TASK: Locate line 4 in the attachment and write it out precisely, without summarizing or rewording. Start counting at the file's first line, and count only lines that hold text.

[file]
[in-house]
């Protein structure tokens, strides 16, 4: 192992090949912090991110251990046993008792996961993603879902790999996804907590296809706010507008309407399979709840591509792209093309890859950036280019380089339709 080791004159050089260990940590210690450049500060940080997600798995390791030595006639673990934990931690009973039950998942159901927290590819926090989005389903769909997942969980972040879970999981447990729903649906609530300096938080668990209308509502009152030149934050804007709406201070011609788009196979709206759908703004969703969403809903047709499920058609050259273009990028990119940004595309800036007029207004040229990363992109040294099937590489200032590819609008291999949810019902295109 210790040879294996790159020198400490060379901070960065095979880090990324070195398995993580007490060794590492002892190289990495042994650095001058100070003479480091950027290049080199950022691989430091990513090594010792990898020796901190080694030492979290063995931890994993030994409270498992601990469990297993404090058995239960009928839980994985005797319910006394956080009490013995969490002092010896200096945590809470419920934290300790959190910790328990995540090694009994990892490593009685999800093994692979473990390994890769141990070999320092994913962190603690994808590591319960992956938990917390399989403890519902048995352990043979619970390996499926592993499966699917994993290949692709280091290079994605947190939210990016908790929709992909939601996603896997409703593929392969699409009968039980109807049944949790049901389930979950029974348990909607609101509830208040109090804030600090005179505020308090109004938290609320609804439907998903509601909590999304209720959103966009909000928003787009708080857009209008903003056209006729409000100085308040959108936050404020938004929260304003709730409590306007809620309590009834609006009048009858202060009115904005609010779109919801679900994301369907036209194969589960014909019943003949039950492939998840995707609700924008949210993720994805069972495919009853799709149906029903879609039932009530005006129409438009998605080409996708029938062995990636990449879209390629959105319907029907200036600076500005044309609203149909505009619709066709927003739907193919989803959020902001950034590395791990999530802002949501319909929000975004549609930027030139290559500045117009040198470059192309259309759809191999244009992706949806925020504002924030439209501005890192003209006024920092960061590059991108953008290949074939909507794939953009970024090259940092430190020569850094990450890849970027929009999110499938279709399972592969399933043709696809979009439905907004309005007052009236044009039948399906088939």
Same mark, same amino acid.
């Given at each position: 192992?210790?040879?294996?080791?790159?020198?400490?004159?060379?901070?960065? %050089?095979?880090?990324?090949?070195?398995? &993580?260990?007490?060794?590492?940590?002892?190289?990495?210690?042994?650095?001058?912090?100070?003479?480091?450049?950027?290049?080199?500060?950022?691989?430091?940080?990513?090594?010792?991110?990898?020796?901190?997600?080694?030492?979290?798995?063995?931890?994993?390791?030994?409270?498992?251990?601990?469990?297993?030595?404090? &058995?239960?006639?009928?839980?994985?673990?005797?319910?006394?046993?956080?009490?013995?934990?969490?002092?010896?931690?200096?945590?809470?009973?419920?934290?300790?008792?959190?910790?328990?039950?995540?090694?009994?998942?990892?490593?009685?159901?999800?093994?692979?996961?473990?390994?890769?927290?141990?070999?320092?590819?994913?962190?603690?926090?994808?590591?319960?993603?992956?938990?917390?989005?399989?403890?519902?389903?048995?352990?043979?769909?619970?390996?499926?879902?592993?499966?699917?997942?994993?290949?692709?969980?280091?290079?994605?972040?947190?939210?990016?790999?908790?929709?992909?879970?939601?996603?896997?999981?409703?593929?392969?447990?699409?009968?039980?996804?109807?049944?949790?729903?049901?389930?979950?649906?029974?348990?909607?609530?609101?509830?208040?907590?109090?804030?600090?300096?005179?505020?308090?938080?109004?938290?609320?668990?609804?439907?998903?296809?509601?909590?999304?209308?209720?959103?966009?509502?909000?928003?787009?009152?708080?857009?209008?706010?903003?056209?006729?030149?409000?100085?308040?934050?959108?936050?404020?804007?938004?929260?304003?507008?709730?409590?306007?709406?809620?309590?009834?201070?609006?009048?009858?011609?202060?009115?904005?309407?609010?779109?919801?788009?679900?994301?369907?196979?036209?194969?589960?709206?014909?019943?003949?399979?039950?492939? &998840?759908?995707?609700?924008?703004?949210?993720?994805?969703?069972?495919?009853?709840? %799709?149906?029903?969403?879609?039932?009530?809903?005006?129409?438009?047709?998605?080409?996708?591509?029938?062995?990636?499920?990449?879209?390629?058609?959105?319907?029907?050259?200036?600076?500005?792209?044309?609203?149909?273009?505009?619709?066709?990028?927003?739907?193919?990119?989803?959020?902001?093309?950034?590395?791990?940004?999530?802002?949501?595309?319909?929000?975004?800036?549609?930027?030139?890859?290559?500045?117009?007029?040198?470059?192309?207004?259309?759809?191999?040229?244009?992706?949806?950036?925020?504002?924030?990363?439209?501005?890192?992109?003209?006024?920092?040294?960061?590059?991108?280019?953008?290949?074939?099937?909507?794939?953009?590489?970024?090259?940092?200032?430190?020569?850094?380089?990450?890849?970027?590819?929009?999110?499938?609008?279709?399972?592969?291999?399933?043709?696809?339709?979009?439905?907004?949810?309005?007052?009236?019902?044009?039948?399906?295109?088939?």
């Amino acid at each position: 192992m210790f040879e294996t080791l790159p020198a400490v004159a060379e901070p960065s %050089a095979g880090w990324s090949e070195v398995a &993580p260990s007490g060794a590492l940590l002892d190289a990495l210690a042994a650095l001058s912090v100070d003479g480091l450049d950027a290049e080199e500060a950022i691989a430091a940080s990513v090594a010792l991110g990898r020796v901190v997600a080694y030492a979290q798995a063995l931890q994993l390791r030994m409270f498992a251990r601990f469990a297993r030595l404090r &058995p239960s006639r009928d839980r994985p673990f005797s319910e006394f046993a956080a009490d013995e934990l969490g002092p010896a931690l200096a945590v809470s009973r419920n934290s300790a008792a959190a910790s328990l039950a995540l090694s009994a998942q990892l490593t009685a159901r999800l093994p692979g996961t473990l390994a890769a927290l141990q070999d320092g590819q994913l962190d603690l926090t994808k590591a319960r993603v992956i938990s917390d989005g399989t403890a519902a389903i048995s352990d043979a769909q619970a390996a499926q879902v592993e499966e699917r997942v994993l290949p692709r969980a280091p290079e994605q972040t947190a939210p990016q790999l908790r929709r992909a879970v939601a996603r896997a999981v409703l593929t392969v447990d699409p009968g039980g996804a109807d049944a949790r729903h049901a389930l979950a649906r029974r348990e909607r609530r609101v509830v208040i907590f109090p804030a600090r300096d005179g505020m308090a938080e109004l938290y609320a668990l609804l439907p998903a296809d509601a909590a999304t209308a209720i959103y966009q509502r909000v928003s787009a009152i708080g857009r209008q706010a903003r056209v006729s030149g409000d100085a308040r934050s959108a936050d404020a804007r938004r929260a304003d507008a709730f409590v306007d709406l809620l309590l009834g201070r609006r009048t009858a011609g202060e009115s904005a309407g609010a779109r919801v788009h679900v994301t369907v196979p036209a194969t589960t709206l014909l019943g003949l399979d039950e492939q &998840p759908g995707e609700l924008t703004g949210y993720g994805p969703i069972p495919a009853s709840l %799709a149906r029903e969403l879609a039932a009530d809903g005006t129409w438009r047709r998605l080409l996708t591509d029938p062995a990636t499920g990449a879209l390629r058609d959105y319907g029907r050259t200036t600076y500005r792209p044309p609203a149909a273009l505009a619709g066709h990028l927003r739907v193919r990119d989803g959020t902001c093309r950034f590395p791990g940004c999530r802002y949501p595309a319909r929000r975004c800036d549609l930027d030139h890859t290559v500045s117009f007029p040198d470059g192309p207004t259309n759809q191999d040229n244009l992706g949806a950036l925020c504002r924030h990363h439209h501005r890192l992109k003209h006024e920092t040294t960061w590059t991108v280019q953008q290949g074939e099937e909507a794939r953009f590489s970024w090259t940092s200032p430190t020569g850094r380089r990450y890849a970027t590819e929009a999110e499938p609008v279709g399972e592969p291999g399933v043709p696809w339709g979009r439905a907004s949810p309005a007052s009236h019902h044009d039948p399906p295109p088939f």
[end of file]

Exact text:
């Given at each position: 192992?210790?040879?294996?080791?790159?020198?400490?004159?060379?901070?960065? %050089?095979?880090?990324?090949?070195?398995? &993580?260990?007490?060794?590492?940590?002892?190289?990495?210690?042994?650095?001058?912090?100070?003479?480091?450049?950027?290049?080199?500060?950022?691989?430091?940080?990513?090594?010792?991110?990898?020796?901190?997600?080694?030492?979290?798995?063995?931890?994993?390791?030994?409270?498992?251990?601990?469990?297993?030595?404090? &058995?239960?006639?009928?839980?994985?673990?005797?319910?006394?046993?956080?009490?013995?934990?969490?002092?010896?931690?200096?945590?809470?009973?419920?934290?300790?008792?959190?910790?328990?039950?995540?090694?009994?998942?990892?490593?009685?159901?999800?093994?692979?996961?473990?390994?890769?927290?141990?070999?320092?590819?994913?962190?603690?926090?994808?590591?319960?993603?992956?938990?917390?989005?399989?403890?519902?389903?048995?352990?043979?769909?619970?390996?499926?879902?592993?499966?699917?997942?994993?290949?692709?969980?280091?290079?994605?972040?947190?939210?990016?790999?908790?929709?992909?879970?939601?996603?896997?999981?409703?593929?392969?447990?699409?009968?039980?996804?109807?049944?949790?729903?049901?389930?979950?649906?029974?348990?909607?609530?609101?509830?208040?907590?109090?804030?600090?300096?005179?505020?308090?938080?109004?938290?609320?668990?609804?439907?998903?296809?509601?909590?999304?209308?209720?959103?966009?509502?909000?928003?787009?009152?708080?857009?209008?706010?903003?056209?006729?030149?409000?100085?308040?934050?959108?936050?404020?804007?938004?929260?304003?507008?709730?409590?306007?709406?809620?309590?009834?201070?609006?009048?009858?011609?202060?009115?904005?309407?609010?779109?919801?788009?679900?994301?369907?196979?036209?194969?589960?709206?014909?019943?003949?399979?039950?492939? &998840?759908?995707?609700?924008?703004?949210?993720?994805?969703?069972?495919?009853?709840? %799709?149906?029903?969403?879609?039932?009530?809903?005006?129409?438009?047709?998605?080409?996708?591509?029938?062995?990636?499920?990449?879209?390629?058609?959105?319907?029907?050259?200036?600076?500005?792209?044309?609203?149909?273009?505009?619709?066709?990028?927003?739907?193919?990119?989803?959020?902001?093309?950034?590395?791990?940004?999530?802002?949501?595309?319909?929000?975004?800036?549609?930027?030139?890859?290559?500045?117009?007029?040198?470059?192309?207004?259309?759809?191999?040229?244009?992706?949806?950036?925020?504002?924030?990363?439209?501005?890192?992109?003209?006024?920092?040294?960061?590059?991108?280019?953008?290949?074939?099937?909507?794939?953009?590489?970024?090259?940092?200032?430190?020569?850094?380089?990450?890849?970027?590819?929009?999110?499938?609008?279709?399972?592969?291999?399933?043709?696809?339709?979009?439905?907004?949810?309005?007052?009236?019902?044009?039948?399906?295109?088939?």